Doctors want teenagers banned from tanning salons

The American Academy of Pediatrics wants teenagers banned from tanning salons to reduce their risk of skin cancer.

More than 30 states regulate indoor tanning by minors, with some banning children younger than 14 or requiring parental permission. Illinois and New York are among states considering bills barring anyone under 18 from indoor tanning.

The academy's stance is part of a policy statement appearing Monday in the journal Pediatrics.

Lead author Dr. Sophie Balk of Children's Hospital at Montefiore in New York says indoor tanning is popular among teenage girls. Some make getting a tan part of their senior prom ritual.

About 8,700 people died of melanoma last year and about 68,130 new melanomas were diagnosed. Evidence links indoor tanning with increased risk.

(Copyright ©2011 by The Associated Press. All Rights Reserved.)

Saturday, March 5, 2011

What is "Black is the New Pink?"

No one wants to think about cancer.  It’s a nasty, ugly and cruel disease that, most likely, has affected someone you know.  No matter the type of cancer encountered, survival is a struggle and the prospect of death is very scary.  But thank goodness there is progress in the fight against cancer every day.  Still, cancer not something we want to think about often.  But I’m asking you to do so for just a minute.
When you think about cancer, what color do you think about?  Some of you may say “yellow” as you recall the successful Livestrong campaign inspired by Lance Armstrong.  But I would bet that many of you thought of the color pink.  Pink has become synonymous with breast cancer awareness and it’s been an extremely successful campaign.
In the past, I believe many people (mostly men) figured breast cancer was handled through a mastectomy.  “Geesh, so you lost a boob…but you’re all better now.”  Obviously, there was little awareness and perhaps little sympathy by the general public.  But over time, people have become wiser…and thanks to the successful pink awareness campaign, most people are highly aware of the seriousness of breast cancer. Thank goodness for that.
So why am I promoting the color black?  Well, black is the associated color with skin cancer.  “Ah yes…the cancer that can simply be removed by cutting off a bad mole, right?”  In many cases, that could very well be the treatment.  But there’s a far more serious version of skin cancer…a true killer and one of the fastest growing cancers out there: Melanoma.
My brother Jeff was diagnosed with Melanoma in 2004.  He had an ugly spot on his back and a biopsy confirmed the disease.  A few weeks later, he had it cut out.  That was simple…it was gone.  No more cancer.  Later in life, he would claim he was a cancer survivor and we’d all giggle a little.  After all, cancer survivors are people who go through horrendous radiation and chemotherapy.  They lose their hair.  That’s a cancer survivor…not someone who had a 10 minute mole extraction.  Right?
In the spring of 2010, my brother found a dry patch on his right cheek.  The Melanoma was back after six years.  Again, he had it removed through a chemo cream and minor surgery.  But a month later, another patch appeared.  Same treatment and this time it looked like he was a survivor once again (giggle).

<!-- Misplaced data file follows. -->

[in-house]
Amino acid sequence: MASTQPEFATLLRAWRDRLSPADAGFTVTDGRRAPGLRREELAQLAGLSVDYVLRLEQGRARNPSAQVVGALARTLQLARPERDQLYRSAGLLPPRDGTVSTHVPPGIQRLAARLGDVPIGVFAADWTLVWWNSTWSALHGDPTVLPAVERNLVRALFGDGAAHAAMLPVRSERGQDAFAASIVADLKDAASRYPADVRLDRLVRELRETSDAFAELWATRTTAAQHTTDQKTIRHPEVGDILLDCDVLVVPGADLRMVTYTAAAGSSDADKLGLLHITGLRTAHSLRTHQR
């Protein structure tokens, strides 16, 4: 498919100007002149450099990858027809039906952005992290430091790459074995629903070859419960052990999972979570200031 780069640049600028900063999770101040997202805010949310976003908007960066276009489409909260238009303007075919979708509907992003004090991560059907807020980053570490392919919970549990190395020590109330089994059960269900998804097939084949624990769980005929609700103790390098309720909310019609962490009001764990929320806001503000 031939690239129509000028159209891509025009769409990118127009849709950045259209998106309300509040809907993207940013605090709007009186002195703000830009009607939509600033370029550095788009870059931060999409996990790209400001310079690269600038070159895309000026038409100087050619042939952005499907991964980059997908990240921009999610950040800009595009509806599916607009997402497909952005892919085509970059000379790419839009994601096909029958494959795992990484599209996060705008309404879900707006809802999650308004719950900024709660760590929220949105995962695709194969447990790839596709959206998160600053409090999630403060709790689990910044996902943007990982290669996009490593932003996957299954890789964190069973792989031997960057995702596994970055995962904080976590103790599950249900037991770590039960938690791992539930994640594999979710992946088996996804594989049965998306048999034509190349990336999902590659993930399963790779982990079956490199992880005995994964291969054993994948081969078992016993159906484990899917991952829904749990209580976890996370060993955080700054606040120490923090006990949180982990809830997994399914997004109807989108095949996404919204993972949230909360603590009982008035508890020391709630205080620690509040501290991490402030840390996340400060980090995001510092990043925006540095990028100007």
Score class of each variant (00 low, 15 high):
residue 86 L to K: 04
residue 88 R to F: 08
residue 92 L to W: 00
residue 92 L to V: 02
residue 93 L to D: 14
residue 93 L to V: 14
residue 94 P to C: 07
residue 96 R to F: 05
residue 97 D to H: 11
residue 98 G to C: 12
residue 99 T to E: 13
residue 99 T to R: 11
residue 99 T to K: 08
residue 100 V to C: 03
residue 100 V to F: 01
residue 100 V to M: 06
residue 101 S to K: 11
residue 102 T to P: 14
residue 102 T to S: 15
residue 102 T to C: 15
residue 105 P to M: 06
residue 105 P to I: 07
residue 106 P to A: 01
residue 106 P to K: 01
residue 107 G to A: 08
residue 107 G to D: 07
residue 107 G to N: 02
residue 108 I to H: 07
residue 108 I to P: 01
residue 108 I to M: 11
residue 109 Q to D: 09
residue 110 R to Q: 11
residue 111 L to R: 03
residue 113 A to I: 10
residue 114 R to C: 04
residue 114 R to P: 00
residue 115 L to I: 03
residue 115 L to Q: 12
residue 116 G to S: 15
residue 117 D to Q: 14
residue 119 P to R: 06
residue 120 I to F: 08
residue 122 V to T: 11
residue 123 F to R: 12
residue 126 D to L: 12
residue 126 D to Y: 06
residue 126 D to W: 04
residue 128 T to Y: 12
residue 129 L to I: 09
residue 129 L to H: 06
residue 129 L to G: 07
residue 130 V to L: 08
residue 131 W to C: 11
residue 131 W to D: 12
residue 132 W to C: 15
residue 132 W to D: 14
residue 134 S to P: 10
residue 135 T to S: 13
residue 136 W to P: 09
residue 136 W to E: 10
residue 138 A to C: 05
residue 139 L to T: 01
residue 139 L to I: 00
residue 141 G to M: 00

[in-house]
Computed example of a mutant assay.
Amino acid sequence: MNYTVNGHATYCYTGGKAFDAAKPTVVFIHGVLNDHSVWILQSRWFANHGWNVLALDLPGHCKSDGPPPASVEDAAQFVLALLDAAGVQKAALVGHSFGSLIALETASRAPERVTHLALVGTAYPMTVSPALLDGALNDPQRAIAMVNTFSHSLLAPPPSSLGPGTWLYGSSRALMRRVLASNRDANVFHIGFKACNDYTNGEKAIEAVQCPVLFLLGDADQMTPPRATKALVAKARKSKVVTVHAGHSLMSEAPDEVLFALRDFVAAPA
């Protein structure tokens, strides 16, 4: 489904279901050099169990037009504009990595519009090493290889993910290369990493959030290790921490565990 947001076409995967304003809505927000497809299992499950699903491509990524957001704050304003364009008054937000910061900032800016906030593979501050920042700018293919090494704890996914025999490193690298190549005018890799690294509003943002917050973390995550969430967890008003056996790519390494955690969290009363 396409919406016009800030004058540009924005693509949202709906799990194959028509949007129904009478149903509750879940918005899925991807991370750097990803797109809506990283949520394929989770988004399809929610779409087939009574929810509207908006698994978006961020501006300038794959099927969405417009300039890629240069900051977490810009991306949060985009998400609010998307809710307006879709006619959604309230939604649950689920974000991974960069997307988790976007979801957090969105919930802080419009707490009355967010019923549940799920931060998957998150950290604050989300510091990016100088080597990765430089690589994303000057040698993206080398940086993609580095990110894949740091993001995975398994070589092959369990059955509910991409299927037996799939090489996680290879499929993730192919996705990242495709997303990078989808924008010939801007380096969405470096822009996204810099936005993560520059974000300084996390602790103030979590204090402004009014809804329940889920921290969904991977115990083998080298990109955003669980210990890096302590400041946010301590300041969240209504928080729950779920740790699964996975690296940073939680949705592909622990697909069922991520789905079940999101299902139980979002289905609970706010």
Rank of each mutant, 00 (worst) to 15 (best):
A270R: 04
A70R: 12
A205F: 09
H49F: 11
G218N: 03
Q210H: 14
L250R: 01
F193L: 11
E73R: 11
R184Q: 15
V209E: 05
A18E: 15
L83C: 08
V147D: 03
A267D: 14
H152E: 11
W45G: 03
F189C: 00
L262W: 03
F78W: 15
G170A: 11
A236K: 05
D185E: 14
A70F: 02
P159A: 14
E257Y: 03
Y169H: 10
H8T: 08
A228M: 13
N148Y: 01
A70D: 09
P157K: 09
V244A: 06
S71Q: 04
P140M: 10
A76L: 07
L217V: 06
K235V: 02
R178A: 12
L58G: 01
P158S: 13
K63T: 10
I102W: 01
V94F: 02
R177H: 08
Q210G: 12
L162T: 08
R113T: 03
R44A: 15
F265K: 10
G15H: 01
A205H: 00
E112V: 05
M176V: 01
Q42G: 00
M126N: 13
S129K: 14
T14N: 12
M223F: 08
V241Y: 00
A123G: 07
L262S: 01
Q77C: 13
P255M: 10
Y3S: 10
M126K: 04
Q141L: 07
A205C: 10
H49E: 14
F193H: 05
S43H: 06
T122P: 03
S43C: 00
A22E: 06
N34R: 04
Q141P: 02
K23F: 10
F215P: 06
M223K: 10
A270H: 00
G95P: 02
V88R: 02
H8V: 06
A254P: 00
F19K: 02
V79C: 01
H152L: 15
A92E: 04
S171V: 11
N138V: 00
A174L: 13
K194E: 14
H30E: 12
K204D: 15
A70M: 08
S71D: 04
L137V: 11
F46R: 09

In August of 2010, Jeff went to the doctor for a general visit following a stress test.  The doctor reported that his test results were great and asked if he had any questions or concerns.  My brother mentioned recent memory lapses and difficulty reading.   The doctor took notice and ordered him to have some tests run immediately.  The Melanoma was back…only this time it had metastasized to his brain and lungs.
In November of 2010, after three months of horrendous radiation and chemotherapy, Jeff died.  The Melanoma had the last giggle.
When we were kids, neither one of us were aware of skin cancer of any type.  Sunburns were common as we used a baby oil and iodine mixture to help establish a glistening tan.  We swam in the pool for hours and we played in the yard under the sun all day long.  We were blissfully and wonderfully unaware of the affects the sun could be having on our skin.
My brother was aware later in life.  Despite the teasing of his cancer survival, he took it quite seriously and became actively involved in the Relay For Life program in the Cleveland, Ohio area.  And towards the end of his life, he wore a black wrist band signifying Melanoma awareness.
In a similar way that breast cancer awareness had to overcome ignorance to be noticed, I can foresee Melanoma awareness undergoing the same issues.  So in an effort to coat-tail off the success of the fashionable pink color, I am launching an awareness campaign (as a promise to my brother) making Black the new Pink!  My hope is that people will become more aware of the dangers of skin cancer before scheduling a tanning appointment or venturing outdoors.  Awareness is the first step to eradicating this awful disease.
I hope to add to this blog on a regular basis, sharing Melanoma related links, hints and local events in the Raleigh, NC area and perhaps nationwide.  And in May, which is Melanoma Awareness Month, I hope to share a daily factoid to help others become more aware.
Wear your black, because Black is the New Pink!